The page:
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M.A. Clinical vs. General? & more

Discussion in 'Psychology [Psy.D. / Ph.D.]' started by goldenflash, Aug 20, 2011.

  1. goldenflash

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    I read one thread on this already that was extremely helpful, but I have a few different questions to pose -

    I have my B.A. in Psych, & while I did pretty well (wrote an undergrad thesis that's in the process of getting published, graduated with departmental honors, have three-ish years research background), my gpa was low for a PhD applicant (3.21 overall, 3.32 in major) so I didn't even try getting into any PhD programs & am taking time off from school to get my ducks in a row. Given that I don't have the best gpa, it was advised that I try going into a Masters program then apply to PhD wherever (I know that credits may not transfer, most states don't have licensure, etc.). I'd mostly be going to prove I'm capable of grad work, not to amp my research background (although that'd be a plus).

    Questions:

    1) I want to go into Clinical Psych for a PhD. Given this, should I strictly look for MA/MS in Clinical, or would General also be acceptable? Some of the MA programs in General Psych don't sound bad, from what I've found (examples: I like that SUNY Buffalo and The New School have heavy research tracks), but I wasn't sure if it would put me at a disadvantage.

    2) If I do an MA wherever, should I be looking at their faculty for similar research interests, or is that more of a PhD thing?

    3) Are Masters programs extremely difficult to get into? I have a list of 11 right now that I'm gradually narrowing down (both Clinical & General), but I wasn't sure how many I need to be applying to. I'm trying to go with "better" schools who have good rankings for their Clinical PhD programs in the hopes I'll get some of that same quality of education.

    4) Does the prestige of a school matter when applying from a Masters to a PhD for Clinical? (example: I want to apply for Columbia's MA program, partially because I'd love to say I went there & I'm assuming they have a great faculty, but another post said they're easier to get into so I wasn't sure if when applying to a PhD somewhere it could hurt my application)

    5) What exactly is a "terminal" program? & is this a better option than trying to go to separate schools for a MA/MS and PhD?

    6) Any school suggestions? I'm looking in Ohio & Massachusetts with potential for NY, IN, or other New England states.

    Thank you for the help!! Anything is greatly appreciated!
     
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  3. Stroop

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    I've lurked on this forum for awhile and I'm gonna take a shot at answering your questions.


    1) I believe that either would be acceptable. The point you are trying to convey to future phd programs is that you are capable of doing graduate level work (as you mentioned) and more research is never a bad thing to have. I know that clinical phd schools will most likely not accept any transfer credits from a master's level program. So, I do not think that having a masters in general psychology will hurt you.

    2) I am not really sure. I would think that similar research interests would be beneficial to both you and the professors, but it might not be as important as it is in a phd program. Sorry I am not sure.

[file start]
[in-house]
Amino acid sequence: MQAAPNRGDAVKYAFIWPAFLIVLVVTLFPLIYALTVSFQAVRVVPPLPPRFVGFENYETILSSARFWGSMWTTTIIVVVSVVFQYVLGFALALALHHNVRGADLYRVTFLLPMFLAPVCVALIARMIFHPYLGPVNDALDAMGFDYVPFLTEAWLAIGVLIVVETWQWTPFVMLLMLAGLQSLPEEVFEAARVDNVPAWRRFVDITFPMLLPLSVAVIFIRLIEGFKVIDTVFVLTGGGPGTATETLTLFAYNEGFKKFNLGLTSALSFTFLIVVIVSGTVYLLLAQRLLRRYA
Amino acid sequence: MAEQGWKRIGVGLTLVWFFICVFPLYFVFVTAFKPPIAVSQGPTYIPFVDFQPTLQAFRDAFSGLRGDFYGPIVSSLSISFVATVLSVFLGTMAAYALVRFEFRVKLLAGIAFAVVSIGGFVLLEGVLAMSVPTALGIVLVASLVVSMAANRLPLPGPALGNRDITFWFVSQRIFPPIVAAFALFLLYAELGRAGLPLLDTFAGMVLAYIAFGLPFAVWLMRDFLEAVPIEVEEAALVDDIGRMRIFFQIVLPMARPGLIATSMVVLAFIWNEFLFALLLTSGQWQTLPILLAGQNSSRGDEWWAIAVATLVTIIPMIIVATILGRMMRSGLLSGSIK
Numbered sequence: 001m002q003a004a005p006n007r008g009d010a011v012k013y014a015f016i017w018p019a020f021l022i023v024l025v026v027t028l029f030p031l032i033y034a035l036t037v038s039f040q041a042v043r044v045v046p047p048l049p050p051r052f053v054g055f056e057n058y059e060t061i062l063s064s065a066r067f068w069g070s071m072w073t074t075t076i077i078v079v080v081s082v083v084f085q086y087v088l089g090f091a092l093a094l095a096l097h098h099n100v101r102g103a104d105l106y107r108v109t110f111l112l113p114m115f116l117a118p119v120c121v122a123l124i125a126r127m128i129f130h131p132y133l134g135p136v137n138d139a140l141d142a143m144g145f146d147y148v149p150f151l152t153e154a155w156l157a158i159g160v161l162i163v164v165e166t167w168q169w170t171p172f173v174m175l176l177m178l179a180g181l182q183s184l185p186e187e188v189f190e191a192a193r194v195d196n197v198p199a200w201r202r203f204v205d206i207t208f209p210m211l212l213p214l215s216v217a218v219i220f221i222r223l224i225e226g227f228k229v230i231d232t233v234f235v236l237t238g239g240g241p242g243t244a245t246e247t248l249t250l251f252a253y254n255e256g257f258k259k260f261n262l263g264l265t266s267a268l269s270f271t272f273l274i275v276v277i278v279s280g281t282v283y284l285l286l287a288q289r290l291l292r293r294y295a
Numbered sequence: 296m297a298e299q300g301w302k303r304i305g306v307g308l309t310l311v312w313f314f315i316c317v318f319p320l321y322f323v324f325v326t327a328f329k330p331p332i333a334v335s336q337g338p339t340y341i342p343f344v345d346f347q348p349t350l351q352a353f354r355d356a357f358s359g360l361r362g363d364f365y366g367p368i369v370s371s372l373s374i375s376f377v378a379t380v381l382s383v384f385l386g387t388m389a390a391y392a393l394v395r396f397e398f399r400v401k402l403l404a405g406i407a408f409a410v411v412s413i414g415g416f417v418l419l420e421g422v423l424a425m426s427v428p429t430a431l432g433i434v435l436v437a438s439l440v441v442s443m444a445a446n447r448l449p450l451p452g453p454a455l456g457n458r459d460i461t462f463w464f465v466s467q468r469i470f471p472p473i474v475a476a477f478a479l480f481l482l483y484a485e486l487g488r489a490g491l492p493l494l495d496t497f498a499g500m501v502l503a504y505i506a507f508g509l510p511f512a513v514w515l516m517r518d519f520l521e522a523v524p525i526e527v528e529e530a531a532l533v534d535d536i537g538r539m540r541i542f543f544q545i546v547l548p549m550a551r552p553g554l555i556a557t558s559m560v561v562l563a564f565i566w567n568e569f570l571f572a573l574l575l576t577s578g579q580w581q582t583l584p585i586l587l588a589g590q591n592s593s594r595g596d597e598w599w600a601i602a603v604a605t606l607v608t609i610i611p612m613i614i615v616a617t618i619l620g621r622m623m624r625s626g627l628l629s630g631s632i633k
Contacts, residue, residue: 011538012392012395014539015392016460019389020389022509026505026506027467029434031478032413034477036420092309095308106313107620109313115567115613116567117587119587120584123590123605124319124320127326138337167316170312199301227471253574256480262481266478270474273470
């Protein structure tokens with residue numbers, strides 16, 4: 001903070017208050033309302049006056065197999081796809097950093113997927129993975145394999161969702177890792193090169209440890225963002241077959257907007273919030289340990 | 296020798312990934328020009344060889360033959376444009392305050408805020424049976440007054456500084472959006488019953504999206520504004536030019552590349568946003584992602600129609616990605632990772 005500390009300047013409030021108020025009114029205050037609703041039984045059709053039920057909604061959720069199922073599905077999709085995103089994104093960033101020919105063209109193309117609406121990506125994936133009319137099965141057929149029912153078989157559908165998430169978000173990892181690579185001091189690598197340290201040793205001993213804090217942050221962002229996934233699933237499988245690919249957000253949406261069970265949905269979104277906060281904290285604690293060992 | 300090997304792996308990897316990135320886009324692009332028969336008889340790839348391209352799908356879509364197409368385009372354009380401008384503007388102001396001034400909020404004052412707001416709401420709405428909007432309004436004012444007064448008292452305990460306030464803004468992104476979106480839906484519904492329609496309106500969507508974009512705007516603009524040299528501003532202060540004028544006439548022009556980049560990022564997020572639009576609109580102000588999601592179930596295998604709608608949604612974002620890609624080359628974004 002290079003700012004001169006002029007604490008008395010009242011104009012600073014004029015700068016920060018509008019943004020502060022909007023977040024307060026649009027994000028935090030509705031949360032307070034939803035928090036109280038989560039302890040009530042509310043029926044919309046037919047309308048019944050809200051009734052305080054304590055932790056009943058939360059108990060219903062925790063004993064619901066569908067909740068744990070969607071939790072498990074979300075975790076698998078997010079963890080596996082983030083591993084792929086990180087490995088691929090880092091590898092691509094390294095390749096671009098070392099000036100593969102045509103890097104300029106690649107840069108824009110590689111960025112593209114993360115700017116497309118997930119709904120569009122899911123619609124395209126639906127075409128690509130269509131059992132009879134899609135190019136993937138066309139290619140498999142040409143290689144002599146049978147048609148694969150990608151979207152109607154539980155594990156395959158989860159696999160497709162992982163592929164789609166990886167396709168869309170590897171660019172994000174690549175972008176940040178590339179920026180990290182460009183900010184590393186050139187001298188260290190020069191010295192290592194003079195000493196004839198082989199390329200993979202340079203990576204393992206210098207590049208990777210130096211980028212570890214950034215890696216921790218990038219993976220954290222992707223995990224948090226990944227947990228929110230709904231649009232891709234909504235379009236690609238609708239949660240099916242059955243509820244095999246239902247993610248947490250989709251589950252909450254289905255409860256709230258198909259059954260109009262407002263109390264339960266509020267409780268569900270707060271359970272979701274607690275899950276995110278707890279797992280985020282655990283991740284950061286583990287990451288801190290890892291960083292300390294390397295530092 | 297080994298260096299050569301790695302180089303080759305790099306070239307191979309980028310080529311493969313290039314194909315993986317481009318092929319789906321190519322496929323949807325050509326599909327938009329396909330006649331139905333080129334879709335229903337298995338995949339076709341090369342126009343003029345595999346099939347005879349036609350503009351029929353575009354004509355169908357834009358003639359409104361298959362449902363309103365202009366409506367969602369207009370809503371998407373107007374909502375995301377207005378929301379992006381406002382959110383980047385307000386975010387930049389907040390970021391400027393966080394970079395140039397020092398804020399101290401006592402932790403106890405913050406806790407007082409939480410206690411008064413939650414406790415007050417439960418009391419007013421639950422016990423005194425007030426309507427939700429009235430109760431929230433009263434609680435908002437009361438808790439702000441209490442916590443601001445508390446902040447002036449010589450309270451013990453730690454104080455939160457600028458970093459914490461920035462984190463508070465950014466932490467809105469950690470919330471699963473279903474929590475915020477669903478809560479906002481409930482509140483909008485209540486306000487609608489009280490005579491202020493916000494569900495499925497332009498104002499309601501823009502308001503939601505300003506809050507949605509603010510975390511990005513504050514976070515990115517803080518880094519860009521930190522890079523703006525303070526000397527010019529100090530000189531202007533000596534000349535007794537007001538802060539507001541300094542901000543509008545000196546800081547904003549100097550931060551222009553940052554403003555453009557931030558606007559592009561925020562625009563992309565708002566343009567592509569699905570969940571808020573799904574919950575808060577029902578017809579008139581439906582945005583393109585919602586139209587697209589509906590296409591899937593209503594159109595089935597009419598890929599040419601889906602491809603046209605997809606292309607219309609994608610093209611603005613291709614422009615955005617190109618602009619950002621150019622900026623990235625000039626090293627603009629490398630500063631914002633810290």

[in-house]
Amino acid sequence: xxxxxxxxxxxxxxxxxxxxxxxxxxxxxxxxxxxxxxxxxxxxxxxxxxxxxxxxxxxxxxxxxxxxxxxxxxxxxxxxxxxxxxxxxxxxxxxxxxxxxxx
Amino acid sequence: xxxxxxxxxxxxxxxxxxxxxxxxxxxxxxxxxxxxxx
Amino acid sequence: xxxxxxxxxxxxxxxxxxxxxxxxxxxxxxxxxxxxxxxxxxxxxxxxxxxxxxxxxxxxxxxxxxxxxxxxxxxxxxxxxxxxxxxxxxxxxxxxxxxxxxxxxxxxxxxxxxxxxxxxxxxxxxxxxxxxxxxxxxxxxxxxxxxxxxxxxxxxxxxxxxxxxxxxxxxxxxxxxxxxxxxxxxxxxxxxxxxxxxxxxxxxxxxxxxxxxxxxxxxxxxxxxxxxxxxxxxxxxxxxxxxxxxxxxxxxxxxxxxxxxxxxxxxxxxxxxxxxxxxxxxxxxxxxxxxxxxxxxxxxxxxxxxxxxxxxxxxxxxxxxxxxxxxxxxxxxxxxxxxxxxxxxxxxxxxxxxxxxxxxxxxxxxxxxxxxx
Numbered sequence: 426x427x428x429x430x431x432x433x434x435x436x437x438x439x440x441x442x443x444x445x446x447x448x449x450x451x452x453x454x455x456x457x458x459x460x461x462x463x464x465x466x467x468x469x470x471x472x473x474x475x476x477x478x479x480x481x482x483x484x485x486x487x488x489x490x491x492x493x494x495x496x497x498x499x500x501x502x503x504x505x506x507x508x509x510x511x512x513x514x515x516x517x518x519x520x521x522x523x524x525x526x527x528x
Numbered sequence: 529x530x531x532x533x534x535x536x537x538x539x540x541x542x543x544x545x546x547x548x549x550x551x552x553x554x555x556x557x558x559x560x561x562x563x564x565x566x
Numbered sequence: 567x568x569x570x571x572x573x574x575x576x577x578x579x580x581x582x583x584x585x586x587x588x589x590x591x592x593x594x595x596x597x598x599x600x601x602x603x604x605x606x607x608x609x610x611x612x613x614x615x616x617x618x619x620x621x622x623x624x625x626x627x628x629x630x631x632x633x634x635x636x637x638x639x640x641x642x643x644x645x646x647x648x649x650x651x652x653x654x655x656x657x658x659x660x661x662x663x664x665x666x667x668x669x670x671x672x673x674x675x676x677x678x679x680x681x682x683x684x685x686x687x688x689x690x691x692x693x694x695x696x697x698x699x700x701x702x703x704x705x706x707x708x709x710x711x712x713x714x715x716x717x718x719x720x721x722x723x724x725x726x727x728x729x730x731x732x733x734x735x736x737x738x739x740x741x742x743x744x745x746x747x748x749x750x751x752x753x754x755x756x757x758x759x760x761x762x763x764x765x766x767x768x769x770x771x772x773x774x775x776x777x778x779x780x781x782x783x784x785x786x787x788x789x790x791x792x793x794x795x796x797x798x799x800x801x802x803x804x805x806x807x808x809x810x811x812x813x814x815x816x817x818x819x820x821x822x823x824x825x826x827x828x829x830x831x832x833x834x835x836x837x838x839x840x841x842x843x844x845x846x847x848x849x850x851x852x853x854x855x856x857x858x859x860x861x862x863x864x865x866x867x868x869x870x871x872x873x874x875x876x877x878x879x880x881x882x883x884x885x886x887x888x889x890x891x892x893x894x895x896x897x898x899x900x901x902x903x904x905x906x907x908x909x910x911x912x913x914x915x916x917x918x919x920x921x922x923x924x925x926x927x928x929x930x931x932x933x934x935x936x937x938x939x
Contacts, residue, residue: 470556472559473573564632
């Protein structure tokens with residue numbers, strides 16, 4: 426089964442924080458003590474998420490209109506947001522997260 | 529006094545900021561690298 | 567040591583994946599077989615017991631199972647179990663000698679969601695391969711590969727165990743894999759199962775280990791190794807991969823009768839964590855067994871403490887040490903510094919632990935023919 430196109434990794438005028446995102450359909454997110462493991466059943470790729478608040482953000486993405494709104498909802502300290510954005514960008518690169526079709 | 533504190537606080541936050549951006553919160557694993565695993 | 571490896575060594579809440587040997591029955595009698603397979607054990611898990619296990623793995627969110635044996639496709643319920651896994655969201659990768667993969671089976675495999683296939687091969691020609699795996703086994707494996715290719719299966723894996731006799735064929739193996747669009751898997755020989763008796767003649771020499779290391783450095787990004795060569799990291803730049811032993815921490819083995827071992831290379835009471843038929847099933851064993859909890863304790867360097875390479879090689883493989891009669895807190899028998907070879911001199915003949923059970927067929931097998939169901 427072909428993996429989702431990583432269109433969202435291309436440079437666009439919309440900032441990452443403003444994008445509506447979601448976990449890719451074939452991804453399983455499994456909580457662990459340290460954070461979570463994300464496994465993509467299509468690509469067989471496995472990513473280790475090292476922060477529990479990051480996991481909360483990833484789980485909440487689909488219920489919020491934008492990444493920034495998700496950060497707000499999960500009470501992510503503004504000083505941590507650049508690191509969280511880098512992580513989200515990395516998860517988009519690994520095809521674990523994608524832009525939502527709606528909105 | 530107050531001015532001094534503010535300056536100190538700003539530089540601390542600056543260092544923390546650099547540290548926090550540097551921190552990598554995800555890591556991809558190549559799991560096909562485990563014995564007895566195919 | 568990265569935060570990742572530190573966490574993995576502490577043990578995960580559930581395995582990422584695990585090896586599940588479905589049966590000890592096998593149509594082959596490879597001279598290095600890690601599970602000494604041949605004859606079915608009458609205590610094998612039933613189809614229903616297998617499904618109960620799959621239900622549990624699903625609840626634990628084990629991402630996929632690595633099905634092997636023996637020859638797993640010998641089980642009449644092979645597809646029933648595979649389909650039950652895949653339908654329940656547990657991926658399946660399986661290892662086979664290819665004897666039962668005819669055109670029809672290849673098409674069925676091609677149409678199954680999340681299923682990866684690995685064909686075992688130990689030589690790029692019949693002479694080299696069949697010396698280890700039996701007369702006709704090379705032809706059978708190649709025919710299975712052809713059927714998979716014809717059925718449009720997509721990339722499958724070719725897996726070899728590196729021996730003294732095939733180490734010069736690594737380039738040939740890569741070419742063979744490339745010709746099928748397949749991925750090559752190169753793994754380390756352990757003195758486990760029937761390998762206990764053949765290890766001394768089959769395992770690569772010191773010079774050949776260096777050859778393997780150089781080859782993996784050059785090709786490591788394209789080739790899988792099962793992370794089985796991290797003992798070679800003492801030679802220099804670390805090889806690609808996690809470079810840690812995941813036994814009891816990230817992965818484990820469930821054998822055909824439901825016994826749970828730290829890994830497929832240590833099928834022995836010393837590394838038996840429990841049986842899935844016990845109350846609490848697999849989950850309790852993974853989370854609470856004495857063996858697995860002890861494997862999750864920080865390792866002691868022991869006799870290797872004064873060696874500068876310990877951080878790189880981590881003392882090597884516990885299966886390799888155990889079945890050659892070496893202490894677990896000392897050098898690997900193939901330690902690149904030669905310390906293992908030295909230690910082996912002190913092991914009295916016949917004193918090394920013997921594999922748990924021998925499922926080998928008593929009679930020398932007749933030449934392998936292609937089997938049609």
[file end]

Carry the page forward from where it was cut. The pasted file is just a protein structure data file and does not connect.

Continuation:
3) From what I have heard Master's programs are pretty easy to get into. I think you would definitely get into most of the programs, as they are not as competitive as phd programs. I would still apply to a range of schools though just to be safe.

    4) I have heard that the prestige is not what's important. It is how good you think the program and faculty are. If you think columbia has a great program then apply, but don't do it just for the name alone. I don't think that going to any master's program would hurt when applying to a phd program. Something to consider is funding. Master's programs generally have less funding than phd programs (all of which give you a decent monthly stipend). Although, there are master's level programs that have funding.I know that Ga state, Augusta state, and Ga southern will all give you a stipend and tuition remission (guess what state i'm in :laugh:).

    5) A terminal program is a program that is designed to prepare you for licensure as a licensed professional counselor (or licensed mental health counselor- it depends on the state). By a better option do you mean stopping at the master's level and practicing therapy as an lpc? or do you mean you do a terminal program and then go on to the phd? For the first, I have heard that if you only want to do therapy it is not a bad option to consider. As for the second, I think that it is the same as any master's degree in psychology (as long as you take the thesis track).

    6) Sorry, I haven't looked for master's programs outside my state (in state tuition is good haha). When I looked I used the graduate study in psychology book, which lists most programs in psychology. I also used wikipedia to look up the colleges in the states I considered going to school in and went to all of the college's websites and looked to see what programs they had. It took a while but I found every program in psychology that was offered.

    I hope I helped and good luck!

    -Stroop
     
  4. Passionista

    2+ Year Member

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    Hope my information helped!
     
  5. Treatments

    Removed

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    very nice information,
    Thanks for sharing this helpful information.
     

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